The seasons and, in particular, the changing of the seasons is very important to tea ceremonies. Tea practitioners divide the year into two seasons; the sunken hearth half (November-April), and the brazier half (May – October). The ceremony changes according to the season you find yourself within, with specified utensils.

Formality

Bowl of green tea
Fig 4. Bowl of matcha tea
The Way of Tea changes, like most things, according to formality level. If you are having an informal tea gathering, known in Japan as a ‘chakai’, you will simply serve thin tea alongside confections, and possibly a small meal. A more formal tea gathering is known as a ‘chaji’. It generally includes a full meal (kaiseki), thick and thin tea, and confections. You need stamina to get through a chaji ceremony – as it lasts for up to four hours!
We hope you’ve enjoyed this sneak peek into the beautiful chanoyu ceremony. Next blog we’ll be discussing the ceremony itself. Have you ever been to a traditional Japanese tea ceremony? We’d love to hear about it in the comments.

The A-Z of Water: D & E


There’s no way around it, water can be a complex area to know. There’s lots of keywords and terms bandied about by experts, that even we find confusing on occasion! To this end, we will be bringing you the A-Z of water terms, bringing you the secret, technical, and quirky language connected to H20.

We helped you B-lieve in the power of language, by C-ing even more water words last week (we’re sorry, we have a pun problem). This week we’re bringing you our favourite D and E water words.

Dam: (Geography) Artificial barrier or obstruction which impounds or diverts water

Dap: (Language) To dip lightly or quickly into water
Dessication: (Geology) Loss of water from pore spaces of sediments
Dew: (Language) Tiny drops of water that form on cool surfaces overnight

Divining rod: (Geology) Forked branch or stick believed to indicate subterranean water

Doldrums: (Geography) A region of ocean near the equator

Dowser: (Geology) Person using a divining rod

Drawdown: (Hydrology) Lowering of the surface of a body of water by releasing water

Duct: (Geography) A tube or passage in a building or machine for air or liquid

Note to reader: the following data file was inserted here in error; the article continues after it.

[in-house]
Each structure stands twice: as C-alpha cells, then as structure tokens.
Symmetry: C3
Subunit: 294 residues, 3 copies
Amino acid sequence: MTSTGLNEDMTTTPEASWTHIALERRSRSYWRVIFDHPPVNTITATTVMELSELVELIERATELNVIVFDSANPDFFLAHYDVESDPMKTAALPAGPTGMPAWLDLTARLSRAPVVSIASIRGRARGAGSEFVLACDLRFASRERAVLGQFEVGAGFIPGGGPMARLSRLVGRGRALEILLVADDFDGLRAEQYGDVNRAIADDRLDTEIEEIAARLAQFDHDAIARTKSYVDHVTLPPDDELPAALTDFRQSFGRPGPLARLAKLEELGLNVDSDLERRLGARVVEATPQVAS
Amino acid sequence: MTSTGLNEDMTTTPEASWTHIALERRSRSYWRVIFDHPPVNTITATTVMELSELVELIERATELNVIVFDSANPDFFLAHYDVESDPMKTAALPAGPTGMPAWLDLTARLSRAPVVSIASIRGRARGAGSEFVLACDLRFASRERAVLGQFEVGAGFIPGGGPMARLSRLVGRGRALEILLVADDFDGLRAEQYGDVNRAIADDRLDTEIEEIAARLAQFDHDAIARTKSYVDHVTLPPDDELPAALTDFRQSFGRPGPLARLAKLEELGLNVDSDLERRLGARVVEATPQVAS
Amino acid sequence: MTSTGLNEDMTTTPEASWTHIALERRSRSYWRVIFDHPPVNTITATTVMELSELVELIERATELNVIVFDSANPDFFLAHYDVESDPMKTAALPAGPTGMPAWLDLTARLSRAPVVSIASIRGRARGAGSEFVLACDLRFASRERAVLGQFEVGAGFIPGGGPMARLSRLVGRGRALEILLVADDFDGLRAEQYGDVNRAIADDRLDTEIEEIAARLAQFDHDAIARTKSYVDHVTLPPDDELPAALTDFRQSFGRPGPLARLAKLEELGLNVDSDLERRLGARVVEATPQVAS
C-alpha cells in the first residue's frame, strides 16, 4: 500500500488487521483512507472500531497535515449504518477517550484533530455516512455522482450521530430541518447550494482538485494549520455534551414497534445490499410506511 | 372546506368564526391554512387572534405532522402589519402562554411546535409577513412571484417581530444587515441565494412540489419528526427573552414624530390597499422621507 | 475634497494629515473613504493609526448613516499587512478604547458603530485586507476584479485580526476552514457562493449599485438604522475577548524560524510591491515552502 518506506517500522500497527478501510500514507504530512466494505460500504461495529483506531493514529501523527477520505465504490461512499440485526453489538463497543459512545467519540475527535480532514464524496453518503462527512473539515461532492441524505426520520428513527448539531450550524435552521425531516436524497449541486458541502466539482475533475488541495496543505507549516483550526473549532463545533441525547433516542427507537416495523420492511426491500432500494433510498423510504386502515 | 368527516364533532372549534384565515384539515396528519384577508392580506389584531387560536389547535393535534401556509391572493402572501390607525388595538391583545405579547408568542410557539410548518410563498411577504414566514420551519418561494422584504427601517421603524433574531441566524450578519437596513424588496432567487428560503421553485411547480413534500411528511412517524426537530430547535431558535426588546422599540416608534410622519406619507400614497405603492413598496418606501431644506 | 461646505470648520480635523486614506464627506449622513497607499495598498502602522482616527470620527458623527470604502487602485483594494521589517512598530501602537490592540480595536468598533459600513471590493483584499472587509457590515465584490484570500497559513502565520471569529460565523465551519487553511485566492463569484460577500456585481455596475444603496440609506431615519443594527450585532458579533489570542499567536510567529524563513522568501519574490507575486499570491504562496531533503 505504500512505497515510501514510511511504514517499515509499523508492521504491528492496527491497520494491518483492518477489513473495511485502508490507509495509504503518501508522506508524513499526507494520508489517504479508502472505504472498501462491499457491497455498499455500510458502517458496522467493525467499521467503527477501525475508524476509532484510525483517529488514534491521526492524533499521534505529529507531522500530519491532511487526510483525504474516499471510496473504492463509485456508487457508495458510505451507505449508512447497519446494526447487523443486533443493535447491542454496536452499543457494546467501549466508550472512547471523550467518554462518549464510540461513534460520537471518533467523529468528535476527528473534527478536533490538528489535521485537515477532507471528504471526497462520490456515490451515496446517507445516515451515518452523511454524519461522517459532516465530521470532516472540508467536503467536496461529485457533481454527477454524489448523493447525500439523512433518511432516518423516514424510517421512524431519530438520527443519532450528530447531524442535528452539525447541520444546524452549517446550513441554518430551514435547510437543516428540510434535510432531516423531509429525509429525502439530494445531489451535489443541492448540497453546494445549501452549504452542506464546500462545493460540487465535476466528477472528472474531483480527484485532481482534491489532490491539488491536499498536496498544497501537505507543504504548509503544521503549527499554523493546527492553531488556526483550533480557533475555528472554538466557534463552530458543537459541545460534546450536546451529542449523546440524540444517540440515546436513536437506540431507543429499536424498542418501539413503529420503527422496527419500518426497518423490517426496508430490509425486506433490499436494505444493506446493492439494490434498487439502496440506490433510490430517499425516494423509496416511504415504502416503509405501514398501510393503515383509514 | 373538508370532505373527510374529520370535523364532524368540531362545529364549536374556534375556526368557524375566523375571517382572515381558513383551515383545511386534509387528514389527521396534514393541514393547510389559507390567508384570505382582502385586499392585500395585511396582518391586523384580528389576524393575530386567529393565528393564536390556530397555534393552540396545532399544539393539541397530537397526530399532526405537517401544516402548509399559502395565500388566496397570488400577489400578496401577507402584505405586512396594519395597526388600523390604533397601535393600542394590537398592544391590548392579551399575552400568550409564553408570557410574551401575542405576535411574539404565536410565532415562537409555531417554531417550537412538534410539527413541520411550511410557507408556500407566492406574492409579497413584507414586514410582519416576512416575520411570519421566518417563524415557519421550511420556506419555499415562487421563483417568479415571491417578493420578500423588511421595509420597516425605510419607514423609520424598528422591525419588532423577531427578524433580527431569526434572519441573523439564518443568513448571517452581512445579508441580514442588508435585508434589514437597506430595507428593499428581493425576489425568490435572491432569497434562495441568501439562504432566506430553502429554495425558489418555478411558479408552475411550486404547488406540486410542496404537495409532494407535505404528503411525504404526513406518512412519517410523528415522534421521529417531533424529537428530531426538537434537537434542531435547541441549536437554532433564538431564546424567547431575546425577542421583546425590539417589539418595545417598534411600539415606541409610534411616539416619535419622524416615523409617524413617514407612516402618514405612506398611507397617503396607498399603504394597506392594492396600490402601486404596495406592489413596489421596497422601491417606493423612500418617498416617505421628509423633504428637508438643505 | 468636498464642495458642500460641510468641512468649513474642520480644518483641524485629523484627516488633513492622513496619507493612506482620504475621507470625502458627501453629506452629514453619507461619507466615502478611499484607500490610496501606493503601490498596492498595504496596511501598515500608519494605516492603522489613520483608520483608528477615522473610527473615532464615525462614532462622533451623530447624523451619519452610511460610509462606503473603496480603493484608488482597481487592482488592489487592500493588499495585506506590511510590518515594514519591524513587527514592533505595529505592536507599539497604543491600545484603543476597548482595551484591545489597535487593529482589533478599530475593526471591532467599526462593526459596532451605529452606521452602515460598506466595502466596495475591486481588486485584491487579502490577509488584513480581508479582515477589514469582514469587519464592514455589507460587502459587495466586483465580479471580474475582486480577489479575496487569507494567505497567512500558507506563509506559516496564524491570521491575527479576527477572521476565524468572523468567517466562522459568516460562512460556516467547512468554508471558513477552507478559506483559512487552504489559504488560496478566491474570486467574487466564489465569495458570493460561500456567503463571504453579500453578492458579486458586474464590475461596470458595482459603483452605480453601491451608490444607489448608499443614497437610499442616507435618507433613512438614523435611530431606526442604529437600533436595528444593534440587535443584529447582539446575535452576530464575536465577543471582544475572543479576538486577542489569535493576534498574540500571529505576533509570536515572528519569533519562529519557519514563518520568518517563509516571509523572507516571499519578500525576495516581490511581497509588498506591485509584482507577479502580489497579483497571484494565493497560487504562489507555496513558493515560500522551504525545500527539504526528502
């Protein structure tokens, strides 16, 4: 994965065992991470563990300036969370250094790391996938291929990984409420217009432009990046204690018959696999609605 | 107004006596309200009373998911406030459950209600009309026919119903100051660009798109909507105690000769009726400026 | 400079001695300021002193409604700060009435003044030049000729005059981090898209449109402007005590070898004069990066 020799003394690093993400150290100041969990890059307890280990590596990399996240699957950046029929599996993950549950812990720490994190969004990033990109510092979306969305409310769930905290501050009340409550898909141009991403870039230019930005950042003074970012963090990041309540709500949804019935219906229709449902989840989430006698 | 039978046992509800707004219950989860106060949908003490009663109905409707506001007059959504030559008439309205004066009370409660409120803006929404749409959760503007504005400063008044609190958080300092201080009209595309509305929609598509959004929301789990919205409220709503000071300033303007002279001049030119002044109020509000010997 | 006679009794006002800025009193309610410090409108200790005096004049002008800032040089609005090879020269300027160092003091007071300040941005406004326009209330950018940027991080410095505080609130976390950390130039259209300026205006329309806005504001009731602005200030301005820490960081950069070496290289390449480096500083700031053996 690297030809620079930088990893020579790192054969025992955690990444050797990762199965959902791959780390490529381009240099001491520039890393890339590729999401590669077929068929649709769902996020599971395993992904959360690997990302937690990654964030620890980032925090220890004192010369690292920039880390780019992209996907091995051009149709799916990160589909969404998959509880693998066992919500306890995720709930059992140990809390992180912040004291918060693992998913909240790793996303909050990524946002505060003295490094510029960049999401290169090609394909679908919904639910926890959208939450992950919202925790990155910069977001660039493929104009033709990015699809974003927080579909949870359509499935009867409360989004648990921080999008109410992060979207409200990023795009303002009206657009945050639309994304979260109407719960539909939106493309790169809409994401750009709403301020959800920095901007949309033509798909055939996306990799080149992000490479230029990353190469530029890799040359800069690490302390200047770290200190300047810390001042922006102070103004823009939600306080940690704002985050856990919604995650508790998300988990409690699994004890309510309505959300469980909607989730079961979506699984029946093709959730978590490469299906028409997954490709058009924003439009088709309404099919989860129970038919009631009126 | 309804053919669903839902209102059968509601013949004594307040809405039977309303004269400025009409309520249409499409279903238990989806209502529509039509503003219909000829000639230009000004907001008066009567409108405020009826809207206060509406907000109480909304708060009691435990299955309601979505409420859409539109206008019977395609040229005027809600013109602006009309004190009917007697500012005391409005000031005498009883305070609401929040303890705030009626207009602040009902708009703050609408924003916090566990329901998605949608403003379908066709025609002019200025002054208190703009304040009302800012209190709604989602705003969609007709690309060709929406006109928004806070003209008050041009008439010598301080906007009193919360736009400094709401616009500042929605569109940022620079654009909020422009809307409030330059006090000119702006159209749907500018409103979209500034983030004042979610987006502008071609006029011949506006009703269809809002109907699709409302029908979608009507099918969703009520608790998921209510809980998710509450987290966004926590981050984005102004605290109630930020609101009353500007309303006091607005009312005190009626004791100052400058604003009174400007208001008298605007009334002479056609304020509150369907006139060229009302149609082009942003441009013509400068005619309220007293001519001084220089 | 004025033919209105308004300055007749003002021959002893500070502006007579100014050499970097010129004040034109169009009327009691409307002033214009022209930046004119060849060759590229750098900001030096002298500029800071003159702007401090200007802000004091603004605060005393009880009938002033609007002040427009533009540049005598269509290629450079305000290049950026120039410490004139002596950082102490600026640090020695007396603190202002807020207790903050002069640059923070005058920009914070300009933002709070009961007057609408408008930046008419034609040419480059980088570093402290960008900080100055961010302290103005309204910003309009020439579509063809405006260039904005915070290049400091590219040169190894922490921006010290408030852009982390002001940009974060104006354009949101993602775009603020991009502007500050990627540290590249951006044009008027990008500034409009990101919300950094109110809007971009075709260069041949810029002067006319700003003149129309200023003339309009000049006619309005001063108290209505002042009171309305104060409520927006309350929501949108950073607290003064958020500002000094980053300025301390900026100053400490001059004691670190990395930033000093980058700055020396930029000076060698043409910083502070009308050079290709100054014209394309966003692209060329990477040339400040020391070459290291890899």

Eagre: (Hydrology) A high, often dangerous, wave

Embankment: (Geography) Material raised above the natural surface of the land used to contain, divert, or store water

Englacial: (Geology) Located or occurring within a glacier

Eupotamic: (Biology) Thriving in both flowing and still fresh waters

Eutrophic: (Hydrology) Water that is rich in nutrients

Evapotranspiration: (Biology) Evaporation of liquid plus transpiration from plants

We hope you’ve enjoyed this dap into water words, and it hasn’t left you in the doldrums. Have we missed your favourite? Let us know what it is!

The A-Z of water: A


There’s no way around it, water can be a complex area to know. There’s lots of keywords and terms bandied about by experts, that even we find confusing on occasion! To this end, we will be bringing you the A-Z of water terms, bringing you the secret, technical, and quirky language connected to H20.

In the words of the great Julie Andrews, ‘Let’s start at the very beginning, a very good place to start’, today, we’ll be covering the A words!

Accretion  (Hydrology) The process of accumulation by flowing water

Adfluvial: (Natural science) Migrating between lakes and rivers or streams

Aedile: (History) Elected official of Ancient Rome who supervised the water supply

Aerate: (Chemical) To supply or charge a liquid or body of water with gas

Alluvial: (Hydrology) Process/materials association with transportation or deposition by running water

Alluvion: (Hydrology) The flow of water against a shore or bank

Altum Mare: (History) A term used in old English law referring to the high or deep sea

Anabranch: (Geology) A diverging branch of a river, which then re-enters the main stream

Aneroid: (Chemical) Not using liquid

Anhydrous: (Chemical) Without water

Aquaduct: (Construction) Pipe/channel that transports water from a remote source

Aquanaut: (Hydrology) A person trained to live in underwater installations

Aquifier: (Geology) Soil or rock that stores/ transmits water

Aquifuse: (Geology) Formation that can’t store/transmit water

Arroyo: (Geology) A water carved channel or gully in a dry country

Asperse: (Language) To sprinkle

Attenuation: (Hydrology) The diversion or slowing of the flow of water

There you have it, our A’s of water. Which is your favourite water A word? We’re loving ‘alluvion’!

The history of sparkling water: What’s behind the bubbles?

Carbonated water



Sparkling, carbonated, fizzy, soda. Whatever you want to call it, we all know the fizzy sensation that comes with drinking a glass of the stuff, or as my friend calls it, ‘the fizzy burn’. What you might not know, is how we worked out how to make this refreshment.

Other drinks have been fizzy for far longer than water, many alcoholic beverages, such as beer and hampagne, have been carbonated through the fermentation process for centuries. Records show a chap called Christopher Merret created sparkling wine for the first time in 1662 (We are all very grateful to Christopher for this, I’m sure!).

When it comes to fizzy water, we have to send our gratitude to Joseph Priestly. In 1767, Priestly suspended a bowl of water over a beer vat in a brewery in Leeds, and dripped sulphuric acid onto chalk over the top, he discovered that this infused the water with carbon dioxide. In 1772, he released a paper describing this process as, ‘Impregnating water with fixed air’, and sparkling water was born.

Carbonated water
Super fizzy sparkling water

In the late eighteenth century, Johann Jacob Schweppe (recognise the name?) developed the first practical process to mass manufacture carbonated mineral water in Geneva based on Joseph Priestly’s research, finding the Schweppes Company in 1783. It eventually became popular in the UK, with King William IV even favouring the fizzy refreshment.